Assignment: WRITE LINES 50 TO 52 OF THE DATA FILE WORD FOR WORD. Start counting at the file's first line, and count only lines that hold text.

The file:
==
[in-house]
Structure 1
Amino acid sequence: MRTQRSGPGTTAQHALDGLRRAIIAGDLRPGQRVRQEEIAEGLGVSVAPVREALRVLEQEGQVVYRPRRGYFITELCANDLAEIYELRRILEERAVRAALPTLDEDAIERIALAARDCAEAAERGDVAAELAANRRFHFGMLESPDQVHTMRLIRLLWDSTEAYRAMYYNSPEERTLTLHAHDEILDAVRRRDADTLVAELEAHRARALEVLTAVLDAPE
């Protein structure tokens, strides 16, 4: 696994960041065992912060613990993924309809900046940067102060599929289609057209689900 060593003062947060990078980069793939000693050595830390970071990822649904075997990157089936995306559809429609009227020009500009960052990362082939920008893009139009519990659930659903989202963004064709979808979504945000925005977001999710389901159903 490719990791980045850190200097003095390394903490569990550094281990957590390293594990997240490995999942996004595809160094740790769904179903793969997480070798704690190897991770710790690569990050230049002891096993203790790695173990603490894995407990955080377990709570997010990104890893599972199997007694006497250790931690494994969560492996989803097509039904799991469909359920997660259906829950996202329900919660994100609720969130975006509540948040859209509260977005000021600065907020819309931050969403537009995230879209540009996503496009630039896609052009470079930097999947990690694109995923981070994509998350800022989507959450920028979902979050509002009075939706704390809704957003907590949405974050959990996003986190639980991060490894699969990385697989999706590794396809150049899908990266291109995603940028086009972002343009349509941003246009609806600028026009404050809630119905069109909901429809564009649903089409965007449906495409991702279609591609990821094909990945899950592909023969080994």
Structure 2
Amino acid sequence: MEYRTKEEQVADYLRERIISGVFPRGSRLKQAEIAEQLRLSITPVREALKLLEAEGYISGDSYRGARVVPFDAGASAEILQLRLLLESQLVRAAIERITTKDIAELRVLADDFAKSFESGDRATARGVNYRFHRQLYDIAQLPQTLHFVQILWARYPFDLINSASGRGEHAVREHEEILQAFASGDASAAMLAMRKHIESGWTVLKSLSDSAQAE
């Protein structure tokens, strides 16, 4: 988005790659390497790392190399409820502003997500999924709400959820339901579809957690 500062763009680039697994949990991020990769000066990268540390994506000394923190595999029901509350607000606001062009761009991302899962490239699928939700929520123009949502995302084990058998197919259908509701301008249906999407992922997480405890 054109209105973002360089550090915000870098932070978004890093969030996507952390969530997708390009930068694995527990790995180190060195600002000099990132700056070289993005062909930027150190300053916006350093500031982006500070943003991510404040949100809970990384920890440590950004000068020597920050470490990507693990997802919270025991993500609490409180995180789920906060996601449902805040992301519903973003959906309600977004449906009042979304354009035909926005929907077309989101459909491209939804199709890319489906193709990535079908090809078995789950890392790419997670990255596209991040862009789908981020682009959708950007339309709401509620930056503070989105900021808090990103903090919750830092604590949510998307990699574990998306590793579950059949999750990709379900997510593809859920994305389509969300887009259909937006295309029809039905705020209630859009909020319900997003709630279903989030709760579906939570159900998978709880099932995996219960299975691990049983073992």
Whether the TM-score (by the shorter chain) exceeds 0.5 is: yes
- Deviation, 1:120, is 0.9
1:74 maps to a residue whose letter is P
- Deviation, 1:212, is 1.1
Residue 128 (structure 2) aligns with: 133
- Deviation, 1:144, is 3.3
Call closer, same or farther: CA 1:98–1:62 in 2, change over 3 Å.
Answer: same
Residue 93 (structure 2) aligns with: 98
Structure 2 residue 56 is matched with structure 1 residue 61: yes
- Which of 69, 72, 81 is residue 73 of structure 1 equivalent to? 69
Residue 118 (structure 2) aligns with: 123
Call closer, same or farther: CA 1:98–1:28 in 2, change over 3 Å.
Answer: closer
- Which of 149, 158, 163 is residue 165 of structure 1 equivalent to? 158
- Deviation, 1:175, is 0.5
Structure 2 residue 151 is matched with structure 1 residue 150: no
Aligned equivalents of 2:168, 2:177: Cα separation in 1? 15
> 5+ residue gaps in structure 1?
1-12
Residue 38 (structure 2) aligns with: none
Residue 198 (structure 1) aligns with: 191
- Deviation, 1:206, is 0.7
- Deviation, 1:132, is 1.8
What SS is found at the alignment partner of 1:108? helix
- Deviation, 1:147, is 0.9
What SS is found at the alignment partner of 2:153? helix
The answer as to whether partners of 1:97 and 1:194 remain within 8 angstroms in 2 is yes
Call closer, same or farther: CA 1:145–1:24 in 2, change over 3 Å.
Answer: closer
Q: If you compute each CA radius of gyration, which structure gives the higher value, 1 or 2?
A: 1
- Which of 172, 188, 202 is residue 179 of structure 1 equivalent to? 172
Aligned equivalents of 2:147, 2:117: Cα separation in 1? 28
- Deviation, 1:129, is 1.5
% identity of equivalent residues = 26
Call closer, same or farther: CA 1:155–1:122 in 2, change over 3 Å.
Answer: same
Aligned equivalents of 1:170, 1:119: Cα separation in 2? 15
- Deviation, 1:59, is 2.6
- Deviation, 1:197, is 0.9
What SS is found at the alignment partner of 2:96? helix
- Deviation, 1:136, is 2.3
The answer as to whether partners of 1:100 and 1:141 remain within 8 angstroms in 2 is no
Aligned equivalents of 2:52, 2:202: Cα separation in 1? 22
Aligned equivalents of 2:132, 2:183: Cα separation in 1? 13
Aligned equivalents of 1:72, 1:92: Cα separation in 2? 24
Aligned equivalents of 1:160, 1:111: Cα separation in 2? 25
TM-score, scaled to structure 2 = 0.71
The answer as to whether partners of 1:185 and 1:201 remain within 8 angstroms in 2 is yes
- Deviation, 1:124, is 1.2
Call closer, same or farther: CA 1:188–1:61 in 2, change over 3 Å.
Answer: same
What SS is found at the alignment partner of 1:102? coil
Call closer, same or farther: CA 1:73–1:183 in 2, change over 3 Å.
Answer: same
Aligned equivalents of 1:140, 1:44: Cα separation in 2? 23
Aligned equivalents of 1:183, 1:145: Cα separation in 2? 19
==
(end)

- Deviation, 1:136, is 2.3
The answer as to whether partners of 1:100 and 1:141 remain within 8 angstroms in 2 is no
Aligned equivalents of 2:52, 2:202: Cα separation in 1? 22